Now, this was a remarkable discovery, for what was achieved was totally inexplicable by the usual means, but, clearly, both Resonance and Recursion were involved.
Though this was a highly controlled experiment, no one could call it complex: it consisted of a single substance in the form of a substrate and an incident drop, along with an applied vibration – and absolutely nothing else!
Why had it never been observed before, and what was involved in how we considered such phenomena, and, even now, somehow prevented us from being able to explain what was going on?
The answer to this latter question is clearly crucial. And, this is because, what was preventing an explanation was a rarely admitted, but universally applied principle, termed the Principle of Plurality.
It is, certainly, this Principle, which makes the driving forces of Reality to be the entirely separable and unchanging Laws of Nature, which are said to cause all observed phenomena by merely summing together without any mutual transformations ever occurring. And, let’s be clear, it is the very basis of Analysis itself, where we attempt to find all the Natural Laws involved, and then explain the phenomenon solely in terms of those Laws - as unchanging components.
But, such a stance is almost never true!
And, the alternative Principle of Holism assumes, on the contrary, that the direct opposite is always the case, indeed, “Everything always affects everything else and changes it, so that nothing is eternal!” Clearly, if this is so, our methodology, for many, many centuries, has been quite definitely pluralistic, and certainly misleading us in literally every single case to some extent, at least, and, has survived, in spite of its inadequacies, by both the simplifying and idealising all of what we find.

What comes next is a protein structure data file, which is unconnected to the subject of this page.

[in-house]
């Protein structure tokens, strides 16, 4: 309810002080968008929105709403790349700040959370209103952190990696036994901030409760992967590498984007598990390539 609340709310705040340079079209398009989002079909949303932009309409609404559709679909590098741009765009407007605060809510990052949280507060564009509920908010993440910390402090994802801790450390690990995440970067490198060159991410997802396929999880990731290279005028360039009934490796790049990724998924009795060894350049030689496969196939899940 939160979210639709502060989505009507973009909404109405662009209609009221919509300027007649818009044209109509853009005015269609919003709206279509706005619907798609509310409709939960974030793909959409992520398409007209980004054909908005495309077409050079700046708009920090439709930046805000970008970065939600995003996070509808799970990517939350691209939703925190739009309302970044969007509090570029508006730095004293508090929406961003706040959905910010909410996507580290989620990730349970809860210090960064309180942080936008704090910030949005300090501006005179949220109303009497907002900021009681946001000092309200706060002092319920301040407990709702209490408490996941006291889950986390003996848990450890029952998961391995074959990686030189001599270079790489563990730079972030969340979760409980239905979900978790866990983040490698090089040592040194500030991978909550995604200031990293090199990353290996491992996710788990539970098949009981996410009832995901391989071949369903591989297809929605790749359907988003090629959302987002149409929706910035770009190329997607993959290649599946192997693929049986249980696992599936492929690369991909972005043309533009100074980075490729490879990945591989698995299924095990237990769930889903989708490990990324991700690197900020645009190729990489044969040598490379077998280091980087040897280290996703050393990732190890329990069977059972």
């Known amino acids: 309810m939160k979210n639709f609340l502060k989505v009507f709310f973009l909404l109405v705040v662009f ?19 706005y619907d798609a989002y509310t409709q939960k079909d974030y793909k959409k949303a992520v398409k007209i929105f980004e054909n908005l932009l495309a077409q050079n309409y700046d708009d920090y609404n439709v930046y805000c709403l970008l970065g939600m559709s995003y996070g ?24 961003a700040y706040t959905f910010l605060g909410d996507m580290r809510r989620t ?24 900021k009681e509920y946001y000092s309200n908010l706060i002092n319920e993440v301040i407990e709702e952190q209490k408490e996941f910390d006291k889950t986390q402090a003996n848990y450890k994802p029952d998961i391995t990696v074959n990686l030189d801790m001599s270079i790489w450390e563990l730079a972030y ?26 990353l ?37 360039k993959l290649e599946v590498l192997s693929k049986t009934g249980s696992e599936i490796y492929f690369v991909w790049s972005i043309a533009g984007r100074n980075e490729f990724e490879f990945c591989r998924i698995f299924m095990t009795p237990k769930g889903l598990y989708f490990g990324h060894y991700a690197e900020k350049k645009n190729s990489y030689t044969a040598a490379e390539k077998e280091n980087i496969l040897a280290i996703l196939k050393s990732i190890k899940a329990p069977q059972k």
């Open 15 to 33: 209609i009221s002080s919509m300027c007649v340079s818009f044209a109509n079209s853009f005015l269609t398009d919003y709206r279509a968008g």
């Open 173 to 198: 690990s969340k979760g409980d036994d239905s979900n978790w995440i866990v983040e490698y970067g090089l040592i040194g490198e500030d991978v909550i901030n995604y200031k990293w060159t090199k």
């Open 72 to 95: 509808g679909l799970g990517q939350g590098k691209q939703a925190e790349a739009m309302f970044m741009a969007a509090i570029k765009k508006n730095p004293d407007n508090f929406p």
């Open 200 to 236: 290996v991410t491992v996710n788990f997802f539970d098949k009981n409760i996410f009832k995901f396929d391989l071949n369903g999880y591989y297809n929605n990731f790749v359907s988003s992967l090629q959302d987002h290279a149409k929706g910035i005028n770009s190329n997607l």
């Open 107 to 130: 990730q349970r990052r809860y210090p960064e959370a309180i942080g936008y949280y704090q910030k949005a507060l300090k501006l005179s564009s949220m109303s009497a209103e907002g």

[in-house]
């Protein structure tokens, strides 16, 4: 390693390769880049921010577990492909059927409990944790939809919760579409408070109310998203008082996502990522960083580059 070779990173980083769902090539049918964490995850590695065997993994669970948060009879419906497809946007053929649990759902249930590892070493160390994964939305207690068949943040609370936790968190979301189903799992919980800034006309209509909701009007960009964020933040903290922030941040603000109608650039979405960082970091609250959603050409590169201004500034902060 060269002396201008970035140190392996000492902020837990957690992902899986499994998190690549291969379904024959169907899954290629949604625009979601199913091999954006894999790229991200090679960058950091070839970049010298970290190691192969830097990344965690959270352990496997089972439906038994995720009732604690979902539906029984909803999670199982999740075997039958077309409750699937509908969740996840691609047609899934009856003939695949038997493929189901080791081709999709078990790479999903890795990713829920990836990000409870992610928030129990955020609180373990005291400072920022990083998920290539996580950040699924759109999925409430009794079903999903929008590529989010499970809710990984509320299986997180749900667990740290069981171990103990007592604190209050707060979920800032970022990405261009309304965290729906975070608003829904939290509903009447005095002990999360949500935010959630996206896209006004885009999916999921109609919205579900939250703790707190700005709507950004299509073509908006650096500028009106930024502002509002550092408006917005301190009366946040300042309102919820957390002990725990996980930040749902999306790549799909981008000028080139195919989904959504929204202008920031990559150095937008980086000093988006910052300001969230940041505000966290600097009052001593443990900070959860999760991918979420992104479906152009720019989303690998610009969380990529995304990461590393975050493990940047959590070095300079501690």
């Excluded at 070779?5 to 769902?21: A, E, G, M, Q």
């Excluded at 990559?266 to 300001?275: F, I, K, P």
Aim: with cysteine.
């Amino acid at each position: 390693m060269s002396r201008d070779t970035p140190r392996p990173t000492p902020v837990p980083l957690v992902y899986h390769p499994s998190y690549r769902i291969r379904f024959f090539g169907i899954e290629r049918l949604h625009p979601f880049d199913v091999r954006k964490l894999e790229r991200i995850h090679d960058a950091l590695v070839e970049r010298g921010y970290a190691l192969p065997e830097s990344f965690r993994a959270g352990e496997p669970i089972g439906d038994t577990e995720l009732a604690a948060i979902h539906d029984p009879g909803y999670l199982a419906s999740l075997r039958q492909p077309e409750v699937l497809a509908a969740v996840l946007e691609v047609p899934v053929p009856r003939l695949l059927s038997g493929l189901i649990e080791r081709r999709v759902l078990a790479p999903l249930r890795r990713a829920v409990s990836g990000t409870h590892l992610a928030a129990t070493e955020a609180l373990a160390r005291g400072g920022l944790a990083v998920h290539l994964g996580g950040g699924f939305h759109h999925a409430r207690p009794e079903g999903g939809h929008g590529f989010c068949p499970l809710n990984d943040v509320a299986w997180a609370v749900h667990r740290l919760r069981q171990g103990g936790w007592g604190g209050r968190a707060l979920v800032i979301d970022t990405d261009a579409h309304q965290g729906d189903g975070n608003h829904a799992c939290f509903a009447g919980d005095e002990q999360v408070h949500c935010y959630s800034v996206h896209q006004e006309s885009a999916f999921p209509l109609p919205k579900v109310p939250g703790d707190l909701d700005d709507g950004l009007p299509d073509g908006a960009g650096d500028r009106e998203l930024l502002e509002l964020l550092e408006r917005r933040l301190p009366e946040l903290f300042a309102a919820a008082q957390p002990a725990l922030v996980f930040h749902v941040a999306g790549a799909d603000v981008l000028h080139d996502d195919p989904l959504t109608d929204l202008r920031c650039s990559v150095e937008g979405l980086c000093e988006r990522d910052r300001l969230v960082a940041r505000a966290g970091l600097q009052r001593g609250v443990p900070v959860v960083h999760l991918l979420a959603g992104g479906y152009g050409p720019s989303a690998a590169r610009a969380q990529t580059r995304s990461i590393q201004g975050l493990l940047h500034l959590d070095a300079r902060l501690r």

Indeed, as was clear from the outset of this paper, we just cannot investigate actual Reality-as-is, because it doesn’t behave in a directly explicable way. So, to make situations amenable, we subscribe to the Principle of Plurality, as the basis of all complexity, and actually achieve a local, organised and maintained situation that conforms to Plurality - and then study that. To achieve this, we isolate, filter and constrain a locality, where the phenomenon we are interested in occurs, and, it is optimised to reveal just ONE of the involved, supposedly, “separable components”, while this “ideal” situation is maintained constantly, throughout our investigations.
This idealisation works because, by trial and error, experimenters finally adjust the context until a single targeted component is acting almost alone, and so can be displayed, observed and quantified to deliver its own, idealised Natural Law. But, in then assuming that the seemingly eternal Law will, in that farmed environment, remain exactly the same in all contexts is a myth.
With such a belief, it “became possible” to display and extract all the assumed-to-be, “unchanging Laws” contributing to a given real world situation, and analyse it into its “constituent Natural Laws”.
Clearly, we never actually crack any situation in totally unfettered Reality, but instead investigate and indeed “crack” a whole series of highly transformed and maintained idealised Domains. And, this means that whatever we do find, can only ever be applied in the very same artificial conditions in which they were discovered.
Two new Special Issues of the SHAPE Journal are now available on this subject by the physicist and philosopher Jim Schofield. The first is entitled The Substrate, and the second The Atom.